By on October 26, 2017


There’s something we don’t often hear about when companies discuss the glory of the autonomous car: the lack of functionality of specific hardware during inclement weather.

Camera systems can be rendered ineffective when covered with ice and snow cover of an inch or more can easily obscure lane markings, leaving self-driving cars at a serious disadvantage. LiDAR, which operates using light beams, can be severely thrown in fog or whiteout conditions. Even if a blizzard doesn’t knock out the vehicle’s sensor array, its computer will still have to know how to mitigate slippery road surfaces.

Whether you’re human or machine, winter driving is extremely taxing. But technology companies hoping to build a self-driving car eventually have to move into snowy regions to advance testing. Some of the bigger automakers already have. Ford, for example, has begun extensive regional mapping — hoping to give cars handicapped by poor visibility a leg up.

Waymo has also decided it’s time to throw on a parka and winter tires. It’s heading to Michigan to start cold-weather testing next week. 


While the Google spinoff has undertaken snow trails before, the majority of its testing has been in places like Texas, Arizona, Nevada, or California. However, it now plans to unleash its self-driving Chrysler Pacifica Hybrids on Michigan’s icy public roads en masse.

“For human drivers, the mix of winter conditions affects how well you can see and the way your vehicle handles the road. The same is true for self-driving cars,” said Waymo CEO John Krafcik in a recent blog post. “Our ultimate goal is for our fully self-driving cars to operate safely and smoothly in all kinds of environments.”

Waymo already has a home in Michigan. It opened a self-driving technology development center in Novi over a year ago. Krafcik says it will be essential in fielding a larger fleet over the winter months.

The plan mimics Ford’s solution by extensively mapping the areas test vehicles will operate in. However, Waymo seems more keen about collecting data on how its hardware performs in adverse conditions. The company has been relatively obsessive with safety and remaining transparent in its actions, so Krafcik assures us that all test vehicles will have a human driver behind the wheel as a precaution.

Governor Rick Snyder expressed his pleasure over the company’s decision to begin winter trials in Michigan via a written statement.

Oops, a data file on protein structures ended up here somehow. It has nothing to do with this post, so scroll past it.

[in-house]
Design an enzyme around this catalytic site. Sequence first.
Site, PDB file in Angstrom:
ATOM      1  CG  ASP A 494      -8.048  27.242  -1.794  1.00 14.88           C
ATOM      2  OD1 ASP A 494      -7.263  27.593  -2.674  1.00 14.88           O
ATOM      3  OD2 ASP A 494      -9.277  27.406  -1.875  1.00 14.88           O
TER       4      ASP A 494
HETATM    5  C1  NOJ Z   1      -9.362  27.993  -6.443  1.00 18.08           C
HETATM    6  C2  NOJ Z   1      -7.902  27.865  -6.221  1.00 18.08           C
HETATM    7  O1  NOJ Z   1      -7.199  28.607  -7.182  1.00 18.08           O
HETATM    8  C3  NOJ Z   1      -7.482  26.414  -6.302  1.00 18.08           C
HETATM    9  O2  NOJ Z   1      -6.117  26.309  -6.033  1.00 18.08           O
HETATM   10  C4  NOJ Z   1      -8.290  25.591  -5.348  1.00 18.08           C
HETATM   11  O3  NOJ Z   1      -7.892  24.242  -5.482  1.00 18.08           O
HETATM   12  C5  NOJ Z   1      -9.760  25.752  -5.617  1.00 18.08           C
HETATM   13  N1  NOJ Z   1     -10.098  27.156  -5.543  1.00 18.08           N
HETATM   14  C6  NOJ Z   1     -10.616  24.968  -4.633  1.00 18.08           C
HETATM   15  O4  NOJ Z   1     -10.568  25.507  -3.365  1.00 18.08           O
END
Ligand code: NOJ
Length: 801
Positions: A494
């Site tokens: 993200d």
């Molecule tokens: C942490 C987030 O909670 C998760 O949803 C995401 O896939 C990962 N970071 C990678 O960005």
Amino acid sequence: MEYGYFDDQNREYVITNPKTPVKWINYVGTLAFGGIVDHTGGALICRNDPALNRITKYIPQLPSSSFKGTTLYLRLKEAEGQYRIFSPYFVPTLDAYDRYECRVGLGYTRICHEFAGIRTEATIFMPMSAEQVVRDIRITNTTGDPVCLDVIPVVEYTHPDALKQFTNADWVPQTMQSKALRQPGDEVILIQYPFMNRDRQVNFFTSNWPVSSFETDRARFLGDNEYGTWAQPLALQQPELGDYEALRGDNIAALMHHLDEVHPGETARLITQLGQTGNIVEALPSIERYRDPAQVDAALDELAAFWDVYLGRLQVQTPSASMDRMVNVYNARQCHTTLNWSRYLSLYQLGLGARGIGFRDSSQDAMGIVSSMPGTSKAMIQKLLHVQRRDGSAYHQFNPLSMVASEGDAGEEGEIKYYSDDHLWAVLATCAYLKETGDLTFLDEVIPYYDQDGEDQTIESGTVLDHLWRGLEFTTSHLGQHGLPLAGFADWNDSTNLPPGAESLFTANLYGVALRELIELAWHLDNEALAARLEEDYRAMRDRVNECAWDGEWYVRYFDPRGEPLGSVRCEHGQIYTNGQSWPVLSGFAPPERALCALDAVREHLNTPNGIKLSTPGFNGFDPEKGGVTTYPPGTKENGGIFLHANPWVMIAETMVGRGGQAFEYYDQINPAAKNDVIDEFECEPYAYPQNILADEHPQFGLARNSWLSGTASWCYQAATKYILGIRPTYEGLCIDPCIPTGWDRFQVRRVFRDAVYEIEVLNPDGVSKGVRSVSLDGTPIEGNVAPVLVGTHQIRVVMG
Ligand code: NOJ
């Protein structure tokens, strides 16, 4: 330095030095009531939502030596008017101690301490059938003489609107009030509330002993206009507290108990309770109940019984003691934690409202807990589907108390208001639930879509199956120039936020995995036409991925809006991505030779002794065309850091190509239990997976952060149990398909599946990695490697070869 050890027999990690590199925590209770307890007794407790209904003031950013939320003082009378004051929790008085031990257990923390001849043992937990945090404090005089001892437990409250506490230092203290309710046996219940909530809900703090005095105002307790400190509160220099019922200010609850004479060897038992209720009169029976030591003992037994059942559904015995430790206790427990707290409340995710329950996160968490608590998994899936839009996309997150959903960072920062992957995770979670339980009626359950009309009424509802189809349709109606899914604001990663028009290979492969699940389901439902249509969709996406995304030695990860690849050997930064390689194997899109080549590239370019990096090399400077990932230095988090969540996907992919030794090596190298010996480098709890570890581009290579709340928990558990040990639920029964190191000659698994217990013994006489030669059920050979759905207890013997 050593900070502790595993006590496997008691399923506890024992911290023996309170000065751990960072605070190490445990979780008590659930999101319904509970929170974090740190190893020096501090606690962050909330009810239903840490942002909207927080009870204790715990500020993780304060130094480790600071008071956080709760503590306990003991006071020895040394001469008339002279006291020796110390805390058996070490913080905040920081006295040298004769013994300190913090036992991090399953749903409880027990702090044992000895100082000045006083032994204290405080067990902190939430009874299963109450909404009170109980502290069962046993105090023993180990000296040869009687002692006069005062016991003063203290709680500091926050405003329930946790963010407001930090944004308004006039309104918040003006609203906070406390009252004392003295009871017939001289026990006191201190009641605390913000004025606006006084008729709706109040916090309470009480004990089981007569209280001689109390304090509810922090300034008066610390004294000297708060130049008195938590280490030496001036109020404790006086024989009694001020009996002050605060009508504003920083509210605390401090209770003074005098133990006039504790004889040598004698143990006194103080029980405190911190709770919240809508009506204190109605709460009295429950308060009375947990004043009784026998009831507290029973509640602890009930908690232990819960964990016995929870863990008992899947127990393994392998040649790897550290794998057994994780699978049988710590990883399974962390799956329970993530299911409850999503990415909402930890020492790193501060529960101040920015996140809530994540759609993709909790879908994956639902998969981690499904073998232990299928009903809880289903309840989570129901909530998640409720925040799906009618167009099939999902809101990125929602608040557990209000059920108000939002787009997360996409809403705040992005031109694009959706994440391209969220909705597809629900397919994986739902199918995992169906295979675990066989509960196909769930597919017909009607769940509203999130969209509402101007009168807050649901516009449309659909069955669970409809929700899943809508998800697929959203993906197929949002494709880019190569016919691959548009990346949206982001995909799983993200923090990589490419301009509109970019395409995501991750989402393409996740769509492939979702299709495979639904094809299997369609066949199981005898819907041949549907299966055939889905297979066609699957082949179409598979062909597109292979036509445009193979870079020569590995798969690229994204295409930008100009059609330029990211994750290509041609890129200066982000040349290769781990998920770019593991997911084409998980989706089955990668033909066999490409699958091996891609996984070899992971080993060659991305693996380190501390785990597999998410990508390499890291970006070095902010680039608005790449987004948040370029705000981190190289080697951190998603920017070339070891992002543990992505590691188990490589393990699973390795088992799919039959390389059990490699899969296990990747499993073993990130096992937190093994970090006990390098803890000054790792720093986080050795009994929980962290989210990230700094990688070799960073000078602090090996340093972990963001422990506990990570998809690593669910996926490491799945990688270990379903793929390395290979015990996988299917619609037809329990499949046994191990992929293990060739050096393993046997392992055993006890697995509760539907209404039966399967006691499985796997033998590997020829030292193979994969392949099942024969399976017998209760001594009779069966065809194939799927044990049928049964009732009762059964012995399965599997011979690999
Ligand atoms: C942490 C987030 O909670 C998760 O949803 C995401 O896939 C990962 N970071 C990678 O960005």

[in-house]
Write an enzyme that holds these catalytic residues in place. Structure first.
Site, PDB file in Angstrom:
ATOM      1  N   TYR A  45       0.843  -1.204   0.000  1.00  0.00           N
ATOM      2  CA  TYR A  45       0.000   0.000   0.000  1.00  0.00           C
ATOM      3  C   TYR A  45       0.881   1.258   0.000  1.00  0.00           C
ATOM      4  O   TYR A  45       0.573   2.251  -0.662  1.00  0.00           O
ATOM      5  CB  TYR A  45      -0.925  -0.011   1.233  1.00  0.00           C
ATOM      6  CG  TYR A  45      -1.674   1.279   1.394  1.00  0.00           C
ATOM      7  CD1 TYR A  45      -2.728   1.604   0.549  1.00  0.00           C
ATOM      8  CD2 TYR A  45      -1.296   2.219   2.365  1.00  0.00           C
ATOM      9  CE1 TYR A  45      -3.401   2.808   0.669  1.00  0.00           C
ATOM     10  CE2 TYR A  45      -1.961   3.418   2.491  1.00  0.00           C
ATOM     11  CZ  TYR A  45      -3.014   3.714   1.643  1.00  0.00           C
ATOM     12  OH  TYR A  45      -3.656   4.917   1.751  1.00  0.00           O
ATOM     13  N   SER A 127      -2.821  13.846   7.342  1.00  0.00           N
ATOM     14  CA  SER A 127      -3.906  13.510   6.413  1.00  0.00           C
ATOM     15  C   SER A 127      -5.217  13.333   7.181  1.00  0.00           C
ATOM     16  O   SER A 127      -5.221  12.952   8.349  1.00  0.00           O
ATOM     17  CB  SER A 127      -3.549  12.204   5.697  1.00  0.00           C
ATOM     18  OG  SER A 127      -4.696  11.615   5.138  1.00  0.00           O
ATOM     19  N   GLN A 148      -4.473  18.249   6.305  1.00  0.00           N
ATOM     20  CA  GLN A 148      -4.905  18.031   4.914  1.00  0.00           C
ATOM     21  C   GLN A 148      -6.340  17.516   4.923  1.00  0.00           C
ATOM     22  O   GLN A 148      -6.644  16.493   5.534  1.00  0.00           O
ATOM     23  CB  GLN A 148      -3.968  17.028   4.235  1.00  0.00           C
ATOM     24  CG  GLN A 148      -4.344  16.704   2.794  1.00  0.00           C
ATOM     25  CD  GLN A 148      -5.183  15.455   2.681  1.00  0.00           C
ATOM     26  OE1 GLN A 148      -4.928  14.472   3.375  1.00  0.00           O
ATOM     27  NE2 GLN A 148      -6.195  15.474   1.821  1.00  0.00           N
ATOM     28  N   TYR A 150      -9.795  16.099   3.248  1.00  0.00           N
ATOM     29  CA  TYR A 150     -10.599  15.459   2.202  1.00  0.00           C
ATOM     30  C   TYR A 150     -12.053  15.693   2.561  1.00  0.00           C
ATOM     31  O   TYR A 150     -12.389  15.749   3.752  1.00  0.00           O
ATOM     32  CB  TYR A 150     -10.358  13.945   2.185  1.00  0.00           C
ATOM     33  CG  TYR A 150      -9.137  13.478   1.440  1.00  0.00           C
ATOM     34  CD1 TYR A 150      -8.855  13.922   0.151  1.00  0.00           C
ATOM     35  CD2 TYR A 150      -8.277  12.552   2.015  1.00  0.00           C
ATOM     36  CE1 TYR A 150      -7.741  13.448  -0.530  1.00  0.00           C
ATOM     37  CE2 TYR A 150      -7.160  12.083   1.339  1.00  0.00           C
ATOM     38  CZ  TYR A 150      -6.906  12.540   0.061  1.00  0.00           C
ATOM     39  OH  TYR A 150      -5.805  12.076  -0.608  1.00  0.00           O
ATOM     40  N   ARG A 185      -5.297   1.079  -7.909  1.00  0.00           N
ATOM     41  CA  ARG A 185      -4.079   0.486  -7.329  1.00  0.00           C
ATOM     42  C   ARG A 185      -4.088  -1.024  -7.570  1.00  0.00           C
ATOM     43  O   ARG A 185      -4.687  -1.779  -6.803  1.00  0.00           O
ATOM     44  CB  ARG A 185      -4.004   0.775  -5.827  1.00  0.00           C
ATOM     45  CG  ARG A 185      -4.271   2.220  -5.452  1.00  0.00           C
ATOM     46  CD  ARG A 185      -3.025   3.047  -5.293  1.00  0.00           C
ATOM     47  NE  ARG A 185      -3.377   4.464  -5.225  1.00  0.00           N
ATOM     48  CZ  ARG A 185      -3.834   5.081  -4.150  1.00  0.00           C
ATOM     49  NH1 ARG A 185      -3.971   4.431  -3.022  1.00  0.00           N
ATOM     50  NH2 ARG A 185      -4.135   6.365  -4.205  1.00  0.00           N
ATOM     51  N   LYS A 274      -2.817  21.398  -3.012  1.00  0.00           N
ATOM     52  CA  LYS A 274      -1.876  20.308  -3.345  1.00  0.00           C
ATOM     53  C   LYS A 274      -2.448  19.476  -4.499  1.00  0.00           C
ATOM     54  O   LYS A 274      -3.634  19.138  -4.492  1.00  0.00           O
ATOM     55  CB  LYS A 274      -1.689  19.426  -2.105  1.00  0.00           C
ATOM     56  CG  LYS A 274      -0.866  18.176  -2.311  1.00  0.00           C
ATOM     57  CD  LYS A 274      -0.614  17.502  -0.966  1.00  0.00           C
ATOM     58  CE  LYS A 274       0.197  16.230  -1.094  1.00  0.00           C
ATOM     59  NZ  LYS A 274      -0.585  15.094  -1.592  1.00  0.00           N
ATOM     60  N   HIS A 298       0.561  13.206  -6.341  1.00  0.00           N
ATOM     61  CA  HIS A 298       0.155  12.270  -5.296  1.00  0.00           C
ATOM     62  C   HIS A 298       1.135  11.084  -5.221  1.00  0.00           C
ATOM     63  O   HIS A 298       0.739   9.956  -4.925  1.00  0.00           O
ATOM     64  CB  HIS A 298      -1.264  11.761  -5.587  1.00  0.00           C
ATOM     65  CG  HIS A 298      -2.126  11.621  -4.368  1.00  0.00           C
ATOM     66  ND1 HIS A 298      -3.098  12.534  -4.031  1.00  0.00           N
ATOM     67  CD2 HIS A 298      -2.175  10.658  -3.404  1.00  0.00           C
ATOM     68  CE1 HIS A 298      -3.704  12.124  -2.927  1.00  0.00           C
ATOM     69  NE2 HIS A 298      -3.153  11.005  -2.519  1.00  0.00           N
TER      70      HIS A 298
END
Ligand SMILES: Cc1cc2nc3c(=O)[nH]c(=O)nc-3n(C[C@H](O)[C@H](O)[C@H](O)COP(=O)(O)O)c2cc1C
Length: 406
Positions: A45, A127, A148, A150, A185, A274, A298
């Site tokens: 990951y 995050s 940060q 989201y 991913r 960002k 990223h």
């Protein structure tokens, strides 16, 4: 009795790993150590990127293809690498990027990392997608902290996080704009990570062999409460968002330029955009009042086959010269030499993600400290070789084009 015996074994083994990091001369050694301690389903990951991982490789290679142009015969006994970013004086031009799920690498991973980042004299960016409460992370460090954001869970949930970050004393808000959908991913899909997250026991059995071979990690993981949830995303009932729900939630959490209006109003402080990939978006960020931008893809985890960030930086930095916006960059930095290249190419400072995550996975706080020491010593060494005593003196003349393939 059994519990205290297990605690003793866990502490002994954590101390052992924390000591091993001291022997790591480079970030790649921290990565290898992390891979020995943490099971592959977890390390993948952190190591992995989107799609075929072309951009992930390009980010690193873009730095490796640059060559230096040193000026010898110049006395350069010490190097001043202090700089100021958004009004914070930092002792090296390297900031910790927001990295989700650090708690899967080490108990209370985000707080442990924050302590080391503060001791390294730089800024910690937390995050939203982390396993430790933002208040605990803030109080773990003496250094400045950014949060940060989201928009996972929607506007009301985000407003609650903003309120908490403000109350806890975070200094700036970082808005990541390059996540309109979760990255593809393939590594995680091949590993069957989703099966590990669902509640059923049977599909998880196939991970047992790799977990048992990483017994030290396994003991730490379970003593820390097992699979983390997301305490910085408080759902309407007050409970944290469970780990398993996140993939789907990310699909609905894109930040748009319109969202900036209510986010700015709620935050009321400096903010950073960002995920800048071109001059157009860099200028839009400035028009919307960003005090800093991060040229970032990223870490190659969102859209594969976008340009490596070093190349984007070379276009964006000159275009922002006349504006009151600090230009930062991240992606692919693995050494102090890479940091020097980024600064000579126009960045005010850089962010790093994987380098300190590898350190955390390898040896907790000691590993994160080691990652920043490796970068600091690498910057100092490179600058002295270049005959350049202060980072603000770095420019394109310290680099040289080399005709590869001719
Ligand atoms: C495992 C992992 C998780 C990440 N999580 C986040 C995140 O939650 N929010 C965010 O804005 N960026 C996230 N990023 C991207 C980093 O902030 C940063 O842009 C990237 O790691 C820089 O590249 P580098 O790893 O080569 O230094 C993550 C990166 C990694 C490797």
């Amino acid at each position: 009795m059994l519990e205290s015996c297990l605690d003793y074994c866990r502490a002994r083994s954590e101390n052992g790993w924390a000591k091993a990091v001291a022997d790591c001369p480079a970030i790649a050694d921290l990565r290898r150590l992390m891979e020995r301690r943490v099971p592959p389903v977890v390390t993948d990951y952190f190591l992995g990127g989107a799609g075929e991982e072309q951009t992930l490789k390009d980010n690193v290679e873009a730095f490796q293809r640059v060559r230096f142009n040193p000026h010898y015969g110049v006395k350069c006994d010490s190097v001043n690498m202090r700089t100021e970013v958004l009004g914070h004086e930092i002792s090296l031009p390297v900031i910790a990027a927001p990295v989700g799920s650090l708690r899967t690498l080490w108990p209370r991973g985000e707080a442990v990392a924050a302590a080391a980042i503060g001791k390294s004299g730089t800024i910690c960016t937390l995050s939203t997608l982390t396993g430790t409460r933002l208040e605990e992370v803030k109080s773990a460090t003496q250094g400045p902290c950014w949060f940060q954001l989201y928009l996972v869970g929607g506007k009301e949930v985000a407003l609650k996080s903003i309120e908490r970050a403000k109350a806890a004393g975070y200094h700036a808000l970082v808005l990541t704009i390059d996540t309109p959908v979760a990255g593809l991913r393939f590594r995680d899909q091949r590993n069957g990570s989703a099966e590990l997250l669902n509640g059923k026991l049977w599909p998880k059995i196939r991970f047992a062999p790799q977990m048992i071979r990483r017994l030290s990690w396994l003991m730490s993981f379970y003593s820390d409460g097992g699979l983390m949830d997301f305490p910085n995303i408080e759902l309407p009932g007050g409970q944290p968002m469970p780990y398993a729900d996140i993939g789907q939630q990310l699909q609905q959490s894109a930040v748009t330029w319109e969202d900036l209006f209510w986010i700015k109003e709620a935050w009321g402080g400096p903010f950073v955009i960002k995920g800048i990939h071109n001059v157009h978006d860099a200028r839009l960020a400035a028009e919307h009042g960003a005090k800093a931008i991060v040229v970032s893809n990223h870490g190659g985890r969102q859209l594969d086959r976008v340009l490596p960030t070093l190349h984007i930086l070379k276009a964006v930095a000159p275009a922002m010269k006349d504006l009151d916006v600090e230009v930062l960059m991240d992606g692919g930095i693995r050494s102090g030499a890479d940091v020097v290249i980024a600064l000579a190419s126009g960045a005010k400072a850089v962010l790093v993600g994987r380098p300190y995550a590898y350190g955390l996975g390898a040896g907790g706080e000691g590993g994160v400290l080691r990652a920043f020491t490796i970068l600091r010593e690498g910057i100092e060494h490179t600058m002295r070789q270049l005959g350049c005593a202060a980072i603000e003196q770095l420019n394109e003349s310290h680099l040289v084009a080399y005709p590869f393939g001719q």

“Waymo clearly shares our concern for and commitment to safety for Michigan residents,” Snyder said. “I’m proud that Waymo chose Michigan to expand its testing as they take their self-driving vehicles into the next phase. Michiganders certainly understand the challenges of driving in the winter and I look forward to seeing how Waymo’s engineers can address that in these next-generation vehicles.”

[Images: Waymo]

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8 Comments on “Self-driving Cars Head to Michigan For Winter Testing...”

  • avatar

    “There’s something we don’t often hear about when companies discuss the glory of the autonomous car: the lack of functionality of specific hardware during inclement weather.”

    What do you mean? There’s no winter in San Francisco and anyone who’s of any importance lives in San Francisco. Now back to my $14 avocado toast sandwich….

  • avatar

    Humans usually manage to keep cars on the road in fog, and on snow and gravel. Consider the thought processes we use to do so. Such as evaluating what we can see. I don’t see why autonomous cars can’t do those things just as well.

    In addition the cars will have advantages such as better detection of loss of traction, onboard detailed mapping, communication with other vehicles to relay positioning and road conditions, radar etc., and no tendency to speed despite the conditions.

  • avatar

    get a horse.

  • avatar

    That last picture, the one with the “self-driving car”, appears to have some form of snow chains on the tires…

    …does it come with a robot to put the chains on and take them off, as needed?

    (of course, it won’t.)

    This is a snowy folly. A (snowy) bridge too far. It’s pretentious to, at this point in “self-driving cars”, to do this at this point. It’s at least, partly, a publicity stunt, and only that much at best.

    • 0 avatar

      Not sure what your point is regarding mounting chains. They wouldn’t come with a robot to put winter tires on either.

      Do you think an autonomous car, using light sensors, traffic reports, weather reports and reports from other cars, be unable to sense snow on the road? Would it be difficult to program the car so that the car would slow down in such conditions, or even pull over and shut down if it’s bad enough?

      Would it be unable to follow tire tracks in the snow and visual cues to determine where the road is? Just like people do? But it would also have detailed maps for reference.

      Given how so many people drive in snow it’s hard to imagine an autonomous car doing worse. It’s easy to imagine it doing much better. I can also imagine autonomous cars not creating the massive traffic snarls that happen in sudden severe weather.

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